2021 Request for Proposal
Ocean Acidification and Hypoxia Research, Monitoring, and Action

Best use of this State investment is a critical component for applicants to address in this call for proposals and should be carefully considered and directly addressed. Proposals should conceptually connect the proposed project deliverables to the needs addressed within the OAH Action Plan, OOST research priorities, and the OAH Council’s Biennial Reports. Additionally, further connections should be made with local, regional, and national OAH efforts. 


Applicants need to clearly demonstrate how the proposed work implements, complements and/or amplifies local, regional, and national OAH and ocean change efforts including, but not limited to, the following: 



Applicants are required to use Best Available Science, including but not limited to Traditional Ecological Knowledge, in the development of proposals, and implementation on projects if awarded – as applicable. Traditional Ecological Knowledge is a cumulative body of knowledge, practice and belief evolving by adaptive processes and handed down through generations by cultural transmission, about the relationship of living beings (including humans) with one another and with their environment. Best Available Science should incorporate the accuracy, reliability, and relevancy of methodology, approaches, and interpretation of data and other information used throughout the applicant’s process.  


Awardees are required to submit resulting data and work products to a public database and to the appropriate state agency in a timely manner, to allow use by regional resource managers and community planners. Applicants should describe a timeline for when data and other work products will be available as well as the mechanism of delivery to the public or other users. Priority will be given to locations and/or data not previously obtained or data that can be directly compared to historical data to evaluate change through time and that could initiate a longer-term monitoring effort at that site. Applicants will be required to clearly document metadata, methodologies, and other relevant materials for the project.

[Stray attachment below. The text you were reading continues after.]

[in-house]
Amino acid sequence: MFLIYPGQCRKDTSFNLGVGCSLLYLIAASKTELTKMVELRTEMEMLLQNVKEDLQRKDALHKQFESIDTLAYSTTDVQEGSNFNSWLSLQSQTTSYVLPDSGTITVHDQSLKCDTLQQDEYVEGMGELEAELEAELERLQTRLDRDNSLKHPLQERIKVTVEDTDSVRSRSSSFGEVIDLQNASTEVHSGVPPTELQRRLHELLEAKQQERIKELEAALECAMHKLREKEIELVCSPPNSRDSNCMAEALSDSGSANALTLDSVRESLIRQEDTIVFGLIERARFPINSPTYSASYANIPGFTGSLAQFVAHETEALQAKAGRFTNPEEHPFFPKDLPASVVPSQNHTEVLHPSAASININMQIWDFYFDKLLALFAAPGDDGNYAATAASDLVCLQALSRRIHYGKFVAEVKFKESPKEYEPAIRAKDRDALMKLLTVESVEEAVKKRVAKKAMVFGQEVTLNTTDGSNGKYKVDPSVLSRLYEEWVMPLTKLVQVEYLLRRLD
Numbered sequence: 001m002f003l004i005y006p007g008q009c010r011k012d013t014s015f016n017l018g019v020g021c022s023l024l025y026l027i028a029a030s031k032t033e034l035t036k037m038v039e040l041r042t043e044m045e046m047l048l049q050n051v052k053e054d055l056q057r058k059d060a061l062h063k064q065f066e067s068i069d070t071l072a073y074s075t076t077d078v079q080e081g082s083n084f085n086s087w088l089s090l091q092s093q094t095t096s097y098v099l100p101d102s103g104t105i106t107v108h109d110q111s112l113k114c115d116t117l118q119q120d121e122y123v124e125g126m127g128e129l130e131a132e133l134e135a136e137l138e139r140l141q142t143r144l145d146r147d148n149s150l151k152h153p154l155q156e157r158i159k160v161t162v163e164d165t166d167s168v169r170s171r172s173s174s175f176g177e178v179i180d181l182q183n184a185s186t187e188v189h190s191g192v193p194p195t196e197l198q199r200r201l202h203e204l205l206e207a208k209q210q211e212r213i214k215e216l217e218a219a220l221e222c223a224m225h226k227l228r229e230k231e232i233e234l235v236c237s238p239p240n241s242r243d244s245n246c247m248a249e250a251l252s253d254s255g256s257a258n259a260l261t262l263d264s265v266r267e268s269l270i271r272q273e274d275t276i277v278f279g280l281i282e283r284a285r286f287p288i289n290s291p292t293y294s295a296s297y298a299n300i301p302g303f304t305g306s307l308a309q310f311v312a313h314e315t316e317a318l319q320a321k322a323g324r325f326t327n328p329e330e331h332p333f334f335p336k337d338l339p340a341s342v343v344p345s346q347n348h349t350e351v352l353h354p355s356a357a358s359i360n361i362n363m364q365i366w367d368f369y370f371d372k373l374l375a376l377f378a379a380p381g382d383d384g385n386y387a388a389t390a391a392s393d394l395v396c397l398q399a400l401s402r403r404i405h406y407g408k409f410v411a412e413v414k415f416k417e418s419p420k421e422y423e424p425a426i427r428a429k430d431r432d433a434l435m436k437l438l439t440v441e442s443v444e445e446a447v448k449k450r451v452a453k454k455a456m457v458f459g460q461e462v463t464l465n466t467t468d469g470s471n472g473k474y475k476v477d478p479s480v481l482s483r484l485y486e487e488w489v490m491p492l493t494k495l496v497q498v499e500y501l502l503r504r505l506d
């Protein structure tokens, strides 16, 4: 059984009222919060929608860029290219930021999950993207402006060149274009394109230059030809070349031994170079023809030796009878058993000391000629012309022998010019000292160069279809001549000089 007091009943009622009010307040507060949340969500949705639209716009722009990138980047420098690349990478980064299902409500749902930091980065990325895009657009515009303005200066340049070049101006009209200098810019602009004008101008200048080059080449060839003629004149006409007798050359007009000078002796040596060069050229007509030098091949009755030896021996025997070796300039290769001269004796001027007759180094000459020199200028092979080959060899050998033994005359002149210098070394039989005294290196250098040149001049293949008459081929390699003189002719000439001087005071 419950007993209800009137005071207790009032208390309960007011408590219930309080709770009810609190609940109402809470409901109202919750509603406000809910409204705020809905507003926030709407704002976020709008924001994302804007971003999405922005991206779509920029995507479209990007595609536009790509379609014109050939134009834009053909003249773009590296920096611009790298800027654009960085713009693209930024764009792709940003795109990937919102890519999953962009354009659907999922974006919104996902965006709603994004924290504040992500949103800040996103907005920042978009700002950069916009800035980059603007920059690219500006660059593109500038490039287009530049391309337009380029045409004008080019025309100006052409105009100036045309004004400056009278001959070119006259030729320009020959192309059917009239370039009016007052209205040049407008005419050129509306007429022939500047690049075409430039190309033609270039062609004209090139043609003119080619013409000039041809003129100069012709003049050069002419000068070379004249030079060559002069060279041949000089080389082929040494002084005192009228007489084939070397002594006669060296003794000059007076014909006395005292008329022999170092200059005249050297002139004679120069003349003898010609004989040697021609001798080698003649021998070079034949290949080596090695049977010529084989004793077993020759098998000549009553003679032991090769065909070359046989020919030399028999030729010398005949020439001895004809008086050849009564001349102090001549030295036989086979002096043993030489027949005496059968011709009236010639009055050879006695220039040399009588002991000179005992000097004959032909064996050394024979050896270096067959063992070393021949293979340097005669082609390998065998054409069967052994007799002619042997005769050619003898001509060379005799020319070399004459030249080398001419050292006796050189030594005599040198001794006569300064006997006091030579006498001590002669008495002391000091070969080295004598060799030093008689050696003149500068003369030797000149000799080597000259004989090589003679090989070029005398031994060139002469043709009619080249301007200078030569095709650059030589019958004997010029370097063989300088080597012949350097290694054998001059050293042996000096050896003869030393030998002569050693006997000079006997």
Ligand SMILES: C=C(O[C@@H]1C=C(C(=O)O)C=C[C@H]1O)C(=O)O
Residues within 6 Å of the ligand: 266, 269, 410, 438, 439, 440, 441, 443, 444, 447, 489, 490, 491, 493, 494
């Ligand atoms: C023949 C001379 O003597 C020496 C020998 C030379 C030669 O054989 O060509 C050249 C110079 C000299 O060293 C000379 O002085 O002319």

Applicants are strongly encouraged to submit data, analytical reports/findings, and work products to appropriate national and state data archives and agencies including, but not limited to, the following:


  • West Coast Ocean Data Portal – Ocean Health Scorecard Project 

  • National Oceanographic and Atmospheric Administration

  • Oregon Department of Fish and Wildlife – Shellfish Assessment Team; Oregon Marine Reserves Team

  • Oregon Department of Land Conservation and Development – Oregon Coastal Management Program

  • Oregon Department of Environmental Quality - Oregon Water Quality Assessment Reports and the Oregon Triennial Water Quality Methodology Review calls for data and associated data portals


The OAH Council will be convening “State of OAH” workshops on OAH science, impacts, and solutions with communities, policy makers and at-risk industries. Successful proposal teams will be required to present initial, midterm, and final oral presentations updates at annual State of OAH workshops and participate in the subsequent future planning seminars. Additionally, a written project summary is required to be submitted to the OOST and the OAH Council at the completion of projects. This required participation will allow for the public dissemination of information and work products gathered from this funding call, in addition to providing the OOST and the OAH Council the opportunity to continue to strategize for future state needs and funding priorities. 


Project outreach, in addition to the State of OAH workshops, is strongly encouraged. Applicants should identify the kind(s) of activities proposed (e.g., outreach meetings, publications, infographics) and the target audience for outreach effort. Include information about what scale the activities are proposed (e.g., number of participants, events, materials, locations). Applicants should also consider how project outcomes may be used for future ocean chemistry communications and public engagement. Project deliverables should include summaries of key outcomes and audience appropriate messaging that can be used by the OOST and OAH council to educate and build support for future calls to action. The hope is that each monitoring and research project can be used to support the next steps of the communications plan, which is being developed concurrently with other projects.